The introduction of Wu-Long's abilities into the fray is difficult to ignore. Flint breaks into a cold sweat, the sheen of it dimly visible across his brow when his head twitches aside after the movement there. After a second's jerky hesitation, he swings the shotgun around to where he thought he saw the Chinaman last, only to have a bullet hiss past his ear for the effort.

The loss of his usual advantage here in the dark is sorely missed. Jaw set, he stands very still, breaths measured carefully through his sinuses while he forces himself to think. "I'm going to set the gun down. Okay?"

Blackness pools in the shadow, boasting an emptiness and a cold greater than the ordinary stuff cast down by ordinary objects all around it, or the tenebrous twilight outside. It gathers, flickers, holds position if not precise shape just below a derelict chest of drawers by the wall, intimating the impression of a grown man crouching, wary, on the floor. Wu-Long stares at the white man out of eyes Deckard can't see, though his gaze weighs almost tangible on his skin. He doesn't pull his body back into being, and he doesn't answer on Sierra's half. He may have drawn fire, but she's getting the talking part in this play.

Sierra nods her head though he can not see her do so.. she pushes herself forward until the end of her gun comes into contact with his chest. "better start talking…" she says droping the playful singsong tone, it seems Sierra is done playing.

Flint lets the shotgun's weight fall into the left-handed grip he has on the forestock, and leans carefully aside to toss it onto the bed, where it flops harmlessly across clean sheets. Pretty distinctly uncomfortable under the tangible scrutiny of a man he cannot see enough to keep track of, when he straightens again, it's to find Sierra's gun plugged into his sternum. Great. The fact that he's a foot taller than her doesn't really give him much more than a dim view of the wall over and behind her head when he looks up from his own chest.

"I've seen some things, but trust takes time. People don't walk up to me on the fucking street and introduce themselves as Joe the Evolved super terrorist." Deckard speaks slowly, words paced for calm and easy understanding. He keeps his eyes on the wall over Sierra's head, and his hands raised open away from his sides. "There was a girl in Chinatown. She touched a guy and he collapsed. Something she did, maybe. I don't know. She was young, sixteen or seventeen, and British. I don't know what her name was. There were people trying to take photos, but some kind of freak fog kicked up."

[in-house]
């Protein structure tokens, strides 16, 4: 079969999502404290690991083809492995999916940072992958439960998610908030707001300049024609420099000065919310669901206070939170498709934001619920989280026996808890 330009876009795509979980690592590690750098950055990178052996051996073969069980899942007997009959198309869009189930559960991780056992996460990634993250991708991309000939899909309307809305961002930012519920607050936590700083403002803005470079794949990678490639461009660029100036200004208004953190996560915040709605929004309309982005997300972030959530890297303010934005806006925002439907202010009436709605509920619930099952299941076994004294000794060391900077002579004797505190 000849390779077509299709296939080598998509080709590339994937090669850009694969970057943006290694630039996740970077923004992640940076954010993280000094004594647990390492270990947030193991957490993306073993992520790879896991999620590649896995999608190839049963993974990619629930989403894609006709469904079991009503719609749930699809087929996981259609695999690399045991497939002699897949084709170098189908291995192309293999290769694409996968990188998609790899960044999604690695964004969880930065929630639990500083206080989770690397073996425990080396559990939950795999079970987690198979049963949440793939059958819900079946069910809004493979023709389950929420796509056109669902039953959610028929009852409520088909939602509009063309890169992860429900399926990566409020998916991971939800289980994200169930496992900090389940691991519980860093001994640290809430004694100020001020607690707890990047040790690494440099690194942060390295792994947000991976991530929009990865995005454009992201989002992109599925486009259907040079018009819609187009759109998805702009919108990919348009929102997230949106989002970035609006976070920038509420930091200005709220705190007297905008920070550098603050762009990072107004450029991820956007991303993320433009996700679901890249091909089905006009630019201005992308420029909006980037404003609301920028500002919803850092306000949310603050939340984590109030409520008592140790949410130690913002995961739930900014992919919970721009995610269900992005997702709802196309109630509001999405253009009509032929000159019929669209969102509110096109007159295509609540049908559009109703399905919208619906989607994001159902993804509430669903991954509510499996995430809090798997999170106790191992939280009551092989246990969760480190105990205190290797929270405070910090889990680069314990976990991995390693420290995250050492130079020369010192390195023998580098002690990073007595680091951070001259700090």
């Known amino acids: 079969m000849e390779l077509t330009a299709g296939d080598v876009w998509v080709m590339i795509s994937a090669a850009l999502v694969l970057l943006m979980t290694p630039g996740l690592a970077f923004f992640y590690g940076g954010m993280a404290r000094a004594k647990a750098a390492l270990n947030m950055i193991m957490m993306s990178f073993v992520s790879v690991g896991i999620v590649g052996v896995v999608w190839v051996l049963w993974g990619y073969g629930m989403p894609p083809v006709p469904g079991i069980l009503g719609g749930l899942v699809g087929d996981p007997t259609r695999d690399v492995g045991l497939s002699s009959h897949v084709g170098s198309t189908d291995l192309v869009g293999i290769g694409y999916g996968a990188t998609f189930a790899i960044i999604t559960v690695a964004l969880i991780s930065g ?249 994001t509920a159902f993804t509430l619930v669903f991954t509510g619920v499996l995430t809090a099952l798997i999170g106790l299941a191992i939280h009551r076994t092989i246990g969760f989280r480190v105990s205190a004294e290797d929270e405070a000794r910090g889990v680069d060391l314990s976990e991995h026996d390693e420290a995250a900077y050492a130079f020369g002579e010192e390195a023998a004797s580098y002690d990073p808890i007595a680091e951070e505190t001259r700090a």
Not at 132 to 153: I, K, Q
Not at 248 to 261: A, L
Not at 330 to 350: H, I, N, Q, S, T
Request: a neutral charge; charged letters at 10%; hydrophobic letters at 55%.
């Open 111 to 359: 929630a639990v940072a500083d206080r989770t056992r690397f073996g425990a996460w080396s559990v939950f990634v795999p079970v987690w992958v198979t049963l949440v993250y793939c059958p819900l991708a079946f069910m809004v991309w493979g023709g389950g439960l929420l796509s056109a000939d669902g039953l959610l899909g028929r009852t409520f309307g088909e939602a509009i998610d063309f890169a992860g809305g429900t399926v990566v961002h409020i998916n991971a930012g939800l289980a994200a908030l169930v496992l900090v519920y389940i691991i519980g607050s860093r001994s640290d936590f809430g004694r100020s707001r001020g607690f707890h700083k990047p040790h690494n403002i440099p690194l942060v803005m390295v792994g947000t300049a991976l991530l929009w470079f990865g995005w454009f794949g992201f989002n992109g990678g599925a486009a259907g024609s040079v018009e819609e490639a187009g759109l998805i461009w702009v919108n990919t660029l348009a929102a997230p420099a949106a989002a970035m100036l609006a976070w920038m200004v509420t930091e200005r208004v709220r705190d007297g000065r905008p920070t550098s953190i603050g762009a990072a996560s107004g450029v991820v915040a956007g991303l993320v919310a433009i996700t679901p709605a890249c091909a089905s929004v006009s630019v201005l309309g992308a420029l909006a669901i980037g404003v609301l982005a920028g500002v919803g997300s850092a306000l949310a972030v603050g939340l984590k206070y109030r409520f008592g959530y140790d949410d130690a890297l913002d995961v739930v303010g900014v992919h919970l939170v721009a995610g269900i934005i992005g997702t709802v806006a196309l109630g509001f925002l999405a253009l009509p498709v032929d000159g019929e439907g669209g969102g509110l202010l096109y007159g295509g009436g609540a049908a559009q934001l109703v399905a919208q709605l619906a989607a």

Sierra nods her head backing up just a inch, as the man looks to be complying with her request, she looks over to where Wu has been and then back to Flint "very good Papi" she says with a cool edge to it "You need to do better then that, We didnt pay you to come up short"… she clicks her gun pulling it hard the fire is aimed to the ground just to frighten him. As the sound comes up a Kick to the groin is given. A physical warning to what lies in store should he fail. "Lets go" she calls as she steps back into the darkness.

"There was someone else," Flint starts to say, but the gunfire cuts him off pretty neatly. He flinches, as people are inclined to do when there are shots being fired at their feet, but any movement more dynamic than that is headed off by her foot swinging up to catch him in the balls. His face contorts and his teeth bare out, but he doesn't fall or grab at the offending area. He just adopts a slight hunch and tries to hold his breath. Unsuccessfully, if the hoarse, "Fuck," that follows is any indication.

The darkness rises. Coalesces, finally, long legs and long coat sweeping out of its diaphanous folds and hitting the floor with a little more deference to gravity. Wu-Long's face shows in tanned relief to his ragged hair, and he stares at Deckard a moment, a knife showing a thin line of ceramic between his own fingers. He takes a long stride sideways, moving away from the drawers and toward the crumpled criminal. Stoops slightly, one hand braced on his knee, head cocked to catch Deckard's line of sight. "Tell us about someone else," he suggests. "And we will give you some advice on doing your job which could help you keep your testicles next time.